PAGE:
Patients travel across bridges when they move from the care of one professional to another. Communication between clinicians forms the structure of these handover bridges and is a known point of medico-legal risk. Dr Sarah Coope looks at the gaps in information, misunderstandings and assumptions that can increase the risk of errors, conflict and complaints.
We cannot have complete control over our patients’ illness and disease progression or the way they respond to interventions.
But we can take steps to ensure there is a strong bridge of communication to support effective continuity of care for the patient, give protection against adverse events and reduce medico-legal risk.
Imagine you are between appointments in your busy private clinic on a Friday afternoon and your colleague rings you..
She asks you if you mind covering for her this weekend, as she needs to go and visit her elderly mother who has had a fall; she has performed a routine operation on a private inpatient earlier that day and says everything is fine.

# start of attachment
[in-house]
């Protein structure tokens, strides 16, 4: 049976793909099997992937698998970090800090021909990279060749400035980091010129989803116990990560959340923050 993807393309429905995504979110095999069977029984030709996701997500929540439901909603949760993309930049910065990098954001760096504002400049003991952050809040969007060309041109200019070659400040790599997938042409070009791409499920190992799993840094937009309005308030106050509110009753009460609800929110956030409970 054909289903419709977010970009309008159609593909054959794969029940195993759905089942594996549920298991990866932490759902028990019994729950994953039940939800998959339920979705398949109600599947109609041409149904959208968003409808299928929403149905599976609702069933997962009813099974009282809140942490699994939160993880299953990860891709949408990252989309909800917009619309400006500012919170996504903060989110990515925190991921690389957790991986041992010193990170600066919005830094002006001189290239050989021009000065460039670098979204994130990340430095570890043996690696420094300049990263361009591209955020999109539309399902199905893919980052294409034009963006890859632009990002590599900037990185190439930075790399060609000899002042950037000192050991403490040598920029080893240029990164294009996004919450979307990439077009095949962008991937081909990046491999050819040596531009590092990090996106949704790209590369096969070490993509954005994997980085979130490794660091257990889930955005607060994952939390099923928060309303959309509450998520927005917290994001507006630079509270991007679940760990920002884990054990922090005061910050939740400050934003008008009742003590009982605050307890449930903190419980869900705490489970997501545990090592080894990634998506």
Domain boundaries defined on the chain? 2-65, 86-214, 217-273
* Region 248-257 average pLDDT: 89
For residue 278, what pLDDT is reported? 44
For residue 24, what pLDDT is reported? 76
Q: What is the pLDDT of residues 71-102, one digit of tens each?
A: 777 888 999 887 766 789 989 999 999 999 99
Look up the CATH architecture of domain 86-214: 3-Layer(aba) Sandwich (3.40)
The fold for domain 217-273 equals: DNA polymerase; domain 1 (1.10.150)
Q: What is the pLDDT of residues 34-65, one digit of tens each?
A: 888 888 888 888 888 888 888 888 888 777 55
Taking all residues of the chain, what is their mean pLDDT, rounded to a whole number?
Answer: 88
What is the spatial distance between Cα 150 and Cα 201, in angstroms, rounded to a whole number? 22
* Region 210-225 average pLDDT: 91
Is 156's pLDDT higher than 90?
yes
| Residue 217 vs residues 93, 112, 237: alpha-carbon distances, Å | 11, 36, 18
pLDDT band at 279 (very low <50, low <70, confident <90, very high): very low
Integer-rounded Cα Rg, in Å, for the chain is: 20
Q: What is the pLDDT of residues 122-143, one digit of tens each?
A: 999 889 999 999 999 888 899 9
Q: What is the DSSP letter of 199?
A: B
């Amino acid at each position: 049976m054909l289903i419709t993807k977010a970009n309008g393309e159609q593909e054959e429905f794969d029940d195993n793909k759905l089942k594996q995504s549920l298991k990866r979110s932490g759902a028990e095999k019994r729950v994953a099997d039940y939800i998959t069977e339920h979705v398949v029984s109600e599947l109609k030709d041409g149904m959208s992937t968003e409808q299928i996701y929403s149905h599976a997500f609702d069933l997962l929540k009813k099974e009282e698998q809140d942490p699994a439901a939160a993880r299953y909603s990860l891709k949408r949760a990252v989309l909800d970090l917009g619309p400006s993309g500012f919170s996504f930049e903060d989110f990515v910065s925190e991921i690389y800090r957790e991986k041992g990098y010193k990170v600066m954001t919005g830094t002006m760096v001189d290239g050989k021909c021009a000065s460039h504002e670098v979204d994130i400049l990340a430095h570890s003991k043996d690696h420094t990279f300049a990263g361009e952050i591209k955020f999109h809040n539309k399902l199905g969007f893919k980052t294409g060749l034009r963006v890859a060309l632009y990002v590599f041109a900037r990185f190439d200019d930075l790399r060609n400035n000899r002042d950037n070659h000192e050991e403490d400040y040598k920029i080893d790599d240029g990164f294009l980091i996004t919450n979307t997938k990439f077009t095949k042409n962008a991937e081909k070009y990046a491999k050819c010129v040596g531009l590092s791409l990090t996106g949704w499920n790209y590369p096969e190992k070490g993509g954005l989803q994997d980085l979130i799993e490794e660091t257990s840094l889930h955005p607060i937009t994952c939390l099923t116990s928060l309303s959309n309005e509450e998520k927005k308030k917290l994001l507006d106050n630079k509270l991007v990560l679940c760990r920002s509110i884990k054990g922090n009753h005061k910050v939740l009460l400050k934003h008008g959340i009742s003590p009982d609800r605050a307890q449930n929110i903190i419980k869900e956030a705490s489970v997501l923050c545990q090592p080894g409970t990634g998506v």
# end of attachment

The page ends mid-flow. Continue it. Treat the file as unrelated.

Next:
How do you respond? Most of us would agree to do this, knowing that these arrangements often need to be reciprocated. However, how strong is that bridge as the patient moves across to your care and responsibility, albeit temporarily?
No doubt, you would usually ask more questions before ending the call. You would seek to find out more about the patient’s background, to assess whether there is any likely risk of complication and establish what the plan is for his discharge.
You would likely check that your colleague has documented this conversation with you in the patient’s records for medico-legal reasons, but also so that ward staff know that you have agreed to be contacted if necessary.
However, would you make a note yourself of the patient’s details, history and current status so that you have this information available to remind you, now that you have taken over responsibility?
LOGIN OR REGISTER TO READ MORE……………